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There is a difference between a Horse and a Camel
Submitted by bugsly on Friday, February 17, 2006 - 09:51 Bread | Car | Core | Egypt | Foreign Language and Music Study | Walk

Pyramids are to Egypt as the Empire State building is to America. In other words they're huge! This morning after a complementary buffet breakfast, we headed out to see the pyramids in the neighboring city Saqqara. There you can see the Step Pyramid and we learned all about it from our wonderful guide Hamada. It is HUGE compared to the smallness of all of the other buildings. When I looked over the horizon I could see even more gorgeous pyramids in the distance. We spent a long time there taking in the sights. But eventually we moved on to stop at a carpet making school and shop.

At the carpet school we saw richly colored, tall, thin, big, small and fringed carpets made in the school. After a while, we decided on a small traditional brick red detailed carpet. When it came to pay, I learned another lesson about life in Egypt, you have to bargain, even if they say it's the final price. In the end, my Dad bartered down to a price that was satisfactory.

We eventually had lunch and moved on to The Great Pyramid of Giza. Wow, is it HUGE!!! We climbed up part of the north side and saw the vast city of Giza in front of us. I even built my own mini pyramid in the sand next to it though I don't think it will be marked as a monument anytime soon!

We drove down the road a bit and stopped next at The Second Pyramid. At the top of it, you can still see some of the smooth limestone that covered the entire surface at one time. People have chipped away at it for souveniers and to build other buildings. For a small fee, we could all go inside The Second Pyramid. We didn't know what to expect until it was too late! Once you step onto the long, steep downward sloping ramp, you start to feel hot and smell the body odor of tourists that visited moments before you. At the base of the ramp, you have to stoop down and double over and continue walking (crouching) steeply downhill for about 60 feet. Then you reach a flat part where you can stand up again. And in about another 20 feet, you double over again and climb up the same type of steep ramp to a corridor leading to the burial chamber.


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A down day at the Sheraton, Giza
Submitted by bugsly on Thursday, February 16, 2006 - 11:20 Core | Egypt | Foreign Language and Music Study | Walk

Today we had a very simple and quit day with Dad and Michael going out, and not much else. We ate lunch and dinner at the hotel restaurant, the service and food are great overall. Hope you don't mind the short entry!

Bugsly


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London by Day, Cairo by Night
Submitted by bugsly on Wednesday, February 15, 2006 - 06:45 Car | Core | Egypt | Fly | Foreign Language and Music Study | Subway | Train | United Kingdom | Walk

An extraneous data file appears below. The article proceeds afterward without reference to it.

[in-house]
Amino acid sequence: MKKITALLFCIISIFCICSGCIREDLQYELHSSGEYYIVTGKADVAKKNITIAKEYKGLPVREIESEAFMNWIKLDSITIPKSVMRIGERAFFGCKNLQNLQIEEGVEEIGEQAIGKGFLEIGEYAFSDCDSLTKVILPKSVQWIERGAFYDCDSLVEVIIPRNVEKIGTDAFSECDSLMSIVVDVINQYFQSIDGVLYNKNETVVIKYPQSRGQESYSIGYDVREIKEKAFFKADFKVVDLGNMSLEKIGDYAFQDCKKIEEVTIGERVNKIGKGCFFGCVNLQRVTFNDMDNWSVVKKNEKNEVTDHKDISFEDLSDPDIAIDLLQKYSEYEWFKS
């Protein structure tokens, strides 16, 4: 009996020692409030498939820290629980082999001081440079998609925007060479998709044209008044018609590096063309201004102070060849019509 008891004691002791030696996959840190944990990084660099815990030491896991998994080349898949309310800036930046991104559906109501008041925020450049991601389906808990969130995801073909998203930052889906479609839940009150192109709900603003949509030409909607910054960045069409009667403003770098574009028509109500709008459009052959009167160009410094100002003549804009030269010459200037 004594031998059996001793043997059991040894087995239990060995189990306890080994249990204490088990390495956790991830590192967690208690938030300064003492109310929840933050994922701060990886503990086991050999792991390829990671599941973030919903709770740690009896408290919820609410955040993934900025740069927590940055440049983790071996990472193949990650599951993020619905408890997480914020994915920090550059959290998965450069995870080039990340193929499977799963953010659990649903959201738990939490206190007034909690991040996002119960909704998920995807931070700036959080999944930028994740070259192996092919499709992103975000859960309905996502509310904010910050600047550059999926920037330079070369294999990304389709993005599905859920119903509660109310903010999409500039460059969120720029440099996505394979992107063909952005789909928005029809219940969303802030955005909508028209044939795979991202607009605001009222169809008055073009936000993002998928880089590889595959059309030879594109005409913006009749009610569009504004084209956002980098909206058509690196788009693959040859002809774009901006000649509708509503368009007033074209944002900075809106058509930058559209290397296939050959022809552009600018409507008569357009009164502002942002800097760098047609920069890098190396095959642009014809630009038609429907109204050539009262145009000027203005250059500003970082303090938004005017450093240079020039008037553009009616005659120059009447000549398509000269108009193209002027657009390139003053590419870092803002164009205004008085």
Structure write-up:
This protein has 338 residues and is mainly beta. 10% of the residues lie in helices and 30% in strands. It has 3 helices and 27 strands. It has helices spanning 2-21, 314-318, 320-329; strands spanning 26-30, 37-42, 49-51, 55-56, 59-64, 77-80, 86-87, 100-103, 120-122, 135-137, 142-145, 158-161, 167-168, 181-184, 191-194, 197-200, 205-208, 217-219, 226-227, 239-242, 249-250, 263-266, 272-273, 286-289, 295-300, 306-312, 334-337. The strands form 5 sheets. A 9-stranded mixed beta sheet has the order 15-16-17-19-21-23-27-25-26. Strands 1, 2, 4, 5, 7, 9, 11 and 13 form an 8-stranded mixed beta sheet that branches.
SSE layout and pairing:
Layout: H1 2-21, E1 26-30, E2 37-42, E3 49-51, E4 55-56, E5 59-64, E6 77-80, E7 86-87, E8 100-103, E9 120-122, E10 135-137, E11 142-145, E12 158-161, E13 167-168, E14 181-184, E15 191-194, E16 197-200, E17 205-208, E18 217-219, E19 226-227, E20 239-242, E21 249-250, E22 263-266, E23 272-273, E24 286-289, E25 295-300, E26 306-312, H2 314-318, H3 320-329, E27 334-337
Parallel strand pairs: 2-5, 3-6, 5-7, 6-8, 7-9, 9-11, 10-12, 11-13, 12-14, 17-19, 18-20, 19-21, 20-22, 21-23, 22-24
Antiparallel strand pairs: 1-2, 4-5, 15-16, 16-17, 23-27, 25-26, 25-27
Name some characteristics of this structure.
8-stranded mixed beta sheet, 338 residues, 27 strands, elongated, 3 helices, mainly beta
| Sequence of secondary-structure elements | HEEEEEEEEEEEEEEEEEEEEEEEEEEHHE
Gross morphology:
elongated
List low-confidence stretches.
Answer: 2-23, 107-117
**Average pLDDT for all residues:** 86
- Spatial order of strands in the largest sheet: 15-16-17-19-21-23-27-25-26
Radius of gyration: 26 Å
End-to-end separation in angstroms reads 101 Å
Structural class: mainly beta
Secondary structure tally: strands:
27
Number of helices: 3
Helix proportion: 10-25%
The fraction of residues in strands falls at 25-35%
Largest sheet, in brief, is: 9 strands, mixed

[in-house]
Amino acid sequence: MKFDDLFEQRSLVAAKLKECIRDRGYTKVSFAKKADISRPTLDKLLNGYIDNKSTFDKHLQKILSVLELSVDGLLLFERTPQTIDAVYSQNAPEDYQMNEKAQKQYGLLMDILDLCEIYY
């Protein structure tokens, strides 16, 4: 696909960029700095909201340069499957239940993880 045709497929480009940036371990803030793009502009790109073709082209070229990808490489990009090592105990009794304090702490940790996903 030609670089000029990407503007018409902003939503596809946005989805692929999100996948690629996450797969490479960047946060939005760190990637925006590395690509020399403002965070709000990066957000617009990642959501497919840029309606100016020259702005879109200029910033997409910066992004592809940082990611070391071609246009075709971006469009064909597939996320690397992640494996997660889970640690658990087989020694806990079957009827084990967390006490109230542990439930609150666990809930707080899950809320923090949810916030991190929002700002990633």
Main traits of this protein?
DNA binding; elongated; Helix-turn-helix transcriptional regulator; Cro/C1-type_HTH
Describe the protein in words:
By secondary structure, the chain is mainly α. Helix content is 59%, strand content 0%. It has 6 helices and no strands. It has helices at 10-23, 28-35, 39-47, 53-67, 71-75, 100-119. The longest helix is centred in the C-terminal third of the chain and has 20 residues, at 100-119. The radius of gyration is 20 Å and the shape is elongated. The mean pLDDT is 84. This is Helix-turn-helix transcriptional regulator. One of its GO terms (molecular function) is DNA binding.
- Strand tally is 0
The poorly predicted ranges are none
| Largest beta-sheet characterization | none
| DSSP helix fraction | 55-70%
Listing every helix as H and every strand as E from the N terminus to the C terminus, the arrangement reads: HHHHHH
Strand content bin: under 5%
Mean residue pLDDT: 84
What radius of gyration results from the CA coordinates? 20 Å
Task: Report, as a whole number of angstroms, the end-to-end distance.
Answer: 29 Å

After saying goodbye to Tori and Randy early this morning at about six o’clock, I went back to bed until I was woken up by Auntie Betty and took a shower. After having another very filling breakfast of porridge we (Auntie Betty and I) headed down to the Bromely South Station and a few minutes later met up with Mom, Grandma Rachel, and Michael(Dad was going to meet us later on because he was driving back from the airport).

Later, once we had bought our tickets to London Victoria and had boarded the fast train. As we sat down trying not to step in the cup of spilled coffee from McDonalds, the train lurched to a slow but steady start. Mom and Dad were talking to eachother on the phone about what to do because we had time to kill, and Grandma suggested the Science Museum which we all decided was a good idea.

However, once we were about halfway to London Victoria we were informed over the scratchy loudspeaker that the there was a problem a t the station and that we would be re-directed to London Black friars. There was an almost instantaneous uproar of people re-scheduling their appointments on their cell phones, one lady said: “I’m pretty sure that there is a bus that goes from Blackfriars into central London…” another lady asked “Well what number is it?” and she said “I don’t know.” People were getting off at the closest stop possible calling taxis or phoning friends, meanwhile we were trying to see if there was any other possible route to the Science Museum by phoning Auntie Shelley and asking her to look on the net. After a few minutes she phoned us back with the correct way to go.

So as we boarded our second train and sat down for another twenty minutes we finally arrived at the right place. Only to find that there was a line around three blocks because all the kids are on their half term break. So the Science Museum was a bust, but we’re going back when we get back from our next excursion. Hungry, we headed to a little sandwich café before saying goodbye and hailing a cab. But we didn’t go to the airport first; we instead went to go see the food hall at Harrods. Inside you can see any food you can imagine. It’s expensive, but worth the treat. We bought 10 chocolates from a wide variety of choices and devoured them all on our way to the airport in another taxi.


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There are three types of "Kiwi's" in New Zealand. Kiwi birds, Kiwi fruit and the New Zealanders call themselves "Kiwis"!